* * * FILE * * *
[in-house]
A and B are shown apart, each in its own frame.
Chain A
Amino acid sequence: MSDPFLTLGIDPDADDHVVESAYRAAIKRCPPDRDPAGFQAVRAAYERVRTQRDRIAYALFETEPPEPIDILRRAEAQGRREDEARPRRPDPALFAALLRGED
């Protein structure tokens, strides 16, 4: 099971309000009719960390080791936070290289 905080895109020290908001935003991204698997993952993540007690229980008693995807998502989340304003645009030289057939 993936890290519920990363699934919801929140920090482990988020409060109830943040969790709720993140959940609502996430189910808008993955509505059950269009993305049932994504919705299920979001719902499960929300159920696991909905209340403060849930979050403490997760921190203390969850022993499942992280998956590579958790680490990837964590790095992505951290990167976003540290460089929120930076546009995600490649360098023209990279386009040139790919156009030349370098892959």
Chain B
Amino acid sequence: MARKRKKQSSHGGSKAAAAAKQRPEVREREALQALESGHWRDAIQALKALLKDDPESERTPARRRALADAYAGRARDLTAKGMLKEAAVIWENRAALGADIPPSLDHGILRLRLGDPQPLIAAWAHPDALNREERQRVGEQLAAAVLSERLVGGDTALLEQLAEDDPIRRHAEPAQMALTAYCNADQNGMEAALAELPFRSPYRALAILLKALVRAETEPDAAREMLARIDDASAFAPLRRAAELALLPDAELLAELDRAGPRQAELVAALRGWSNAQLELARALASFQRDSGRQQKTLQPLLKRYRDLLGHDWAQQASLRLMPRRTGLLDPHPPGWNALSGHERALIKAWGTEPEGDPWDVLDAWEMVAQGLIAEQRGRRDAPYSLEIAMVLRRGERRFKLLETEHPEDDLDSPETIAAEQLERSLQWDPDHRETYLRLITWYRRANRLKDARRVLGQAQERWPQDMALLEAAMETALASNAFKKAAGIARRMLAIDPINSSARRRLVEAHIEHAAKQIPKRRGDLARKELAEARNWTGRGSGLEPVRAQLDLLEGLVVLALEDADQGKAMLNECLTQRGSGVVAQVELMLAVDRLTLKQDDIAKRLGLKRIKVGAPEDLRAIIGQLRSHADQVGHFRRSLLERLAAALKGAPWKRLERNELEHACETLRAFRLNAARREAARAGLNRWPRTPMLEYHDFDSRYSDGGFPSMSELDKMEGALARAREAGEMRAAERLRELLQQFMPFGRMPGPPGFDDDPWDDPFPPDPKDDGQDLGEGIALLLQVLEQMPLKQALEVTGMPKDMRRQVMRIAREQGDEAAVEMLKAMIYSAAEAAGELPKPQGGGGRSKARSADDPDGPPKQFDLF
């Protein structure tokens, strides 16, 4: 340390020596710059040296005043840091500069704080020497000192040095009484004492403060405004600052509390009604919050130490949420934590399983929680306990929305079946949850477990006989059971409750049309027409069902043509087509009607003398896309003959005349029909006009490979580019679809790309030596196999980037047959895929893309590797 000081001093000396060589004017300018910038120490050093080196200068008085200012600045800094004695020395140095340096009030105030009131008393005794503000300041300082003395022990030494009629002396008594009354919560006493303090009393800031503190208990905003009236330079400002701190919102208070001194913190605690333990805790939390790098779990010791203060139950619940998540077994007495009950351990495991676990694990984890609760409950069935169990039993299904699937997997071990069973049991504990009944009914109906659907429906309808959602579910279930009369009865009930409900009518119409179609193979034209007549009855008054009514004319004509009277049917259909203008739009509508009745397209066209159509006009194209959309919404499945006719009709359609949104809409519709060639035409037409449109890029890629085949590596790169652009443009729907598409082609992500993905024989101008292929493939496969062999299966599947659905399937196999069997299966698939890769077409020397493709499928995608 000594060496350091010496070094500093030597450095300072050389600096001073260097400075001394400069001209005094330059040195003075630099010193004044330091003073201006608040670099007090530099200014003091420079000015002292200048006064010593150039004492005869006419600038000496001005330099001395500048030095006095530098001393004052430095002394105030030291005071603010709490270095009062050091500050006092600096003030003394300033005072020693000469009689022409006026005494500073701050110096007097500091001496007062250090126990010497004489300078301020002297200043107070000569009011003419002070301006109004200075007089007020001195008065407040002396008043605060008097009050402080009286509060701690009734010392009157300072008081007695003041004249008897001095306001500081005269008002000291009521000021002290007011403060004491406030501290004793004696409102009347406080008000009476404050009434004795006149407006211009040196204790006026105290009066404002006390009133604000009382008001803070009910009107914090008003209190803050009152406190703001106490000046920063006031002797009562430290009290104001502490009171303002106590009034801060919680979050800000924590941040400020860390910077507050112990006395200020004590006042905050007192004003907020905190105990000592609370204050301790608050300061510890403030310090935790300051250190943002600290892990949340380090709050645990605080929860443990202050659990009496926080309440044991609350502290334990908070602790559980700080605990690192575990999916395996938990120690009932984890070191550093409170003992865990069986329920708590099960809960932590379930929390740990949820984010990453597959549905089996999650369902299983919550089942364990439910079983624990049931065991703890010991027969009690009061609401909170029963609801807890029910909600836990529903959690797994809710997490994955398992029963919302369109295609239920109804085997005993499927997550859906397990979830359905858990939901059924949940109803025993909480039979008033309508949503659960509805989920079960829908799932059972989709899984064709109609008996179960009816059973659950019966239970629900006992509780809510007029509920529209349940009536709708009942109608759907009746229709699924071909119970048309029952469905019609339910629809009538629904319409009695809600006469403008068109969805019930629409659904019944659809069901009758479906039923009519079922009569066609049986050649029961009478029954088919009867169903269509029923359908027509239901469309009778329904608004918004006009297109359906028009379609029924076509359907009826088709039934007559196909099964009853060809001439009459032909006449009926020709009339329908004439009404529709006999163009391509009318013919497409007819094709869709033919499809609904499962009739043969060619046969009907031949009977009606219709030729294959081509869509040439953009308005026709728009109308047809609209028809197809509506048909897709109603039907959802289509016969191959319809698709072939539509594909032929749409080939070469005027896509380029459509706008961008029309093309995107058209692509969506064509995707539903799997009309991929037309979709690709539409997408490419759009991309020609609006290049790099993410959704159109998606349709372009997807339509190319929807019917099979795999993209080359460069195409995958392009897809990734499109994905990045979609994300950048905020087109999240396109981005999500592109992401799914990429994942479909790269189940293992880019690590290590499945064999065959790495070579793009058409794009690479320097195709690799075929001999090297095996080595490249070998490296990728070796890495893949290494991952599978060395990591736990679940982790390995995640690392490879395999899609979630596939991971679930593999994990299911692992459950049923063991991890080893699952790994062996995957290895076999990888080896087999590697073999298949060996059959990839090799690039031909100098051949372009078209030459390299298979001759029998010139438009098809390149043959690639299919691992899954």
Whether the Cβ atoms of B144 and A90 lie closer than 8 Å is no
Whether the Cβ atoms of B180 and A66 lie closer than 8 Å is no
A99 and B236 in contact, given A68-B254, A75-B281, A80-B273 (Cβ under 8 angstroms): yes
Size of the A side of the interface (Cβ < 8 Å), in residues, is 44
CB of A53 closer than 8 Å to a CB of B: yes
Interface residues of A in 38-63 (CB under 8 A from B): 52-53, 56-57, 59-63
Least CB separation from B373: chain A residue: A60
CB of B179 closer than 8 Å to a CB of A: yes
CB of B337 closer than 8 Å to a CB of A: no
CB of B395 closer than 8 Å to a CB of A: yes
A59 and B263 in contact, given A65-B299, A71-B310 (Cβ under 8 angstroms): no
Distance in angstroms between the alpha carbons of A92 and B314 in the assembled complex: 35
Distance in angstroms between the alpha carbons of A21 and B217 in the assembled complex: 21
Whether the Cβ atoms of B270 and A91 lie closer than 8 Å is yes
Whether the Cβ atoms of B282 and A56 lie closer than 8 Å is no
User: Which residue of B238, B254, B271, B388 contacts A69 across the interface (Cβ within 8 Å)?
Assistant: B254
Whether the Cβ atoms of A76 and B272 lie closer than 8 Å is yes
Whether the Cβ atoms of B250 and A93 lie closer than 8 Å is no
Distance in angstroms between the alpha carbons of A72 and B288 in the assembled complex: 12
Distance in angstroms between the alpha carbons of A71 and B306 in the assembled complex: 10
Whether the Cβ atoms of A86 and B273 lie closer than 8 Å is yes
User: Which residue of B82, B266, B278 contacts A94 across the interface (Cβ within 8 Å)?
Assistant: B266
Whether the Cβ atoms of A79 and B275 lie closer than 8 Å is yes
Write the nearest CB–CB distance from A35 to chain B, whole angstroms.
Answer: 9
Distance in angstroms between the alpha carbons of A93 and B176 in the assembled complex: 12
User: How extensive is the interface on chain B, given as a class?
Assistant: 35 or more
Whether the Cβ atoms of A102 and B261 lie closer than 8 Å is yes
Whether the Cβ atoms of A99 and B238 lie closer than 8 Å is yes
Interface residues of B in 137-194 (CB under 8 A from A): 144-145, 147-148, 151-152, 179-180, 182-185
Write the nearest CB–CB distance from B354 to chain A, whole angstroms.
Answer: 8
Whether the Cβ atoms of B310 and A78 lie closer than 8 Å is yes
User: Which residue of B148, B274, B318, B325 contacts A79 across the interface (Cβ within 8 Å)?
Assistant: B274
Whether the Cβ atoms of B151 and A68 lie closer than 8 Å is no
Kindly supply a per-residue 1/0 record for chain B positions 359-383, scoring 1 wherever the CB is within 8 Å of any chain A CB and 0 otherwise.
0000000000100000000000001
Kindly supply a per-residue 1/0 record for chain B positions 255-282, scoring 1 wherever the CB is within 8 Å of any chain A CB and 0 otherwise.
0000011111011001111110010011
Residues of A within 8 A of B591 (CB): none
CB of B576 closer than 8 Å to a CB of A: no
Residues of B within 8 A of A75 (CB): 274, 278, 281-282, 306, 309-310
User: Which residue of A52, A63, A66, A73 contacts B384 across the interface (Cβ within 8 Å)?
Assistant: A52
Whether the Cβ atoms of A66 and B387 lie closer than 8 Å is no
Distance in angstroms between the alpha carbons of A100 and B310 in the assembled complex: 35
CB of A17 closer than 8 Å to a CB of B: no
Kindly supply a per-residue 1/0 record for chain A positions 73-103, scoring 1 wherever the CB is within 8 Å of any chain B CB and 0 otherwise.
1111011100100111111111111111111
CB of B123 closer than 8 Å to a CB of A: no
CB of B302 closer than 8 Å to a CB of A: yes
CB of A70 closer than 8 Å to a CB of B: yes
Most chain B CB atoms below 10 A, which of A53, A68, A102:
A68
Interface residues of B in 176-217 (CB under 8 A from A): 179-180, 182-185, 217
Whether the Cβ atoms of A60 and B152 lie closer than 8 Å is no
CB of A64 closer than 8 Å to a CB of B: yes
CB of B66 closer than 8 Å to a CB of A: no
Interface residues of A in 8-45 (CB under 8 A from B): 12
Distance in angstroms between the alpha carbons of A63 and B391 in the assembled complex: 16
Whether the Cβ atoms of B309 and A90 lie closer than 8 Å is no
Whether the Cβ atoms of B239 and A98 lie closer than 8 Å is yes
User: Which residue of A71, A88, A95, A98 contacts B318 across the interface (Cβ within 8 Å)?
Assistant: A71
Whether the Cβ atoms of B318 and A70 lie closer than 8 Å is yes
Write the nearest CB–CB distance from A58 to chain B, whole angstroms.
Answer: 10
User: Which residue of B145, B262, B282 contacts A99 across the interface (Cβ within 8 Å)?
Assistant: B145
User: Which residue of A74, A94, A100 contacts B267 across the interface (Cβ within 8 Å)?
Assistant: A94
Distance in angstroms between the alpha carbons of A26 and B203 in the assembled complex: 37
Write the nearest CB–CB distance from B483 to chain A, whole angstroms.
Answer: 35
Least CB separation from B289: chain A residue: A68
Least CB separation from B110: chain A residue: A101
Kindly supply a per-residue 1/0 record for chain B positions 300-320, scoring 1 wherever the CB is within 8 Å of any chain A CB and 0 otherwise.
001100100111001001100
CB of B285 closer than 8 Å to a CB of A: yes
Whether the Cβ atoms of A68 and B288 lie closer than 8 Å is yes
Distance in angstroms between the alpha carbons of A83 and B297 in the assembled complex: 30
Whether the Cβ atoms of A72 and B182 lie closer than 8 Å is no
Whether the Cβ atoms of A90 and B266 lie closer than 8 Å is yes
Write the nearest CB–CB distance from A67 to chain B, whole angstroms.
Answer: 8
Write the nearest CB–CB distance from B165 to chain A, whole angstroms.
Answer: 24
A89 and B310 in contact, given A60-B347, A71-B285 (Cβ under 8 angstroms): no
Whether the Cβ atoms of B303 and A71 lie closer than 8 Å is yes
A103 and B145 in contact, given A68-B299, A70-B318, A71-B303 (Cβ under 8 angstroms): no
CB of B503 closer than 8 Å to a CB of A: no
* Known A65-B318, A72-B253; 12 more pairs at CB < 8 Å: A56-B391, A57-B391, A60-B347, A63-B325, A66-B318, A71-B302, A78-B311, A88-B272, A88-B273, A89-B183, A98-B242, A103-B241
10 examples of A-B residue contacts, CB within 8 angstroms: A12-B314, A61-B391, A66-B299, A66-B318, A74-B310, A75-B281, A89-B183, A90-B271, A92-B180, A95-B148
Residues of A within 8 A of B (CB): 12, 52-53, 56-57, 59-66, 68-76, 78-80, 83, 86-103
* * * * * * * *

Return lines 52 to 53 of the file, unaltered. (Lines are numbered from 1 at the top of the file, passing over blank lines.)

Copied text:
Residues of A within 8 A of B591 (CB): none
CB of B576 closer than 8 Å to a CB of A: no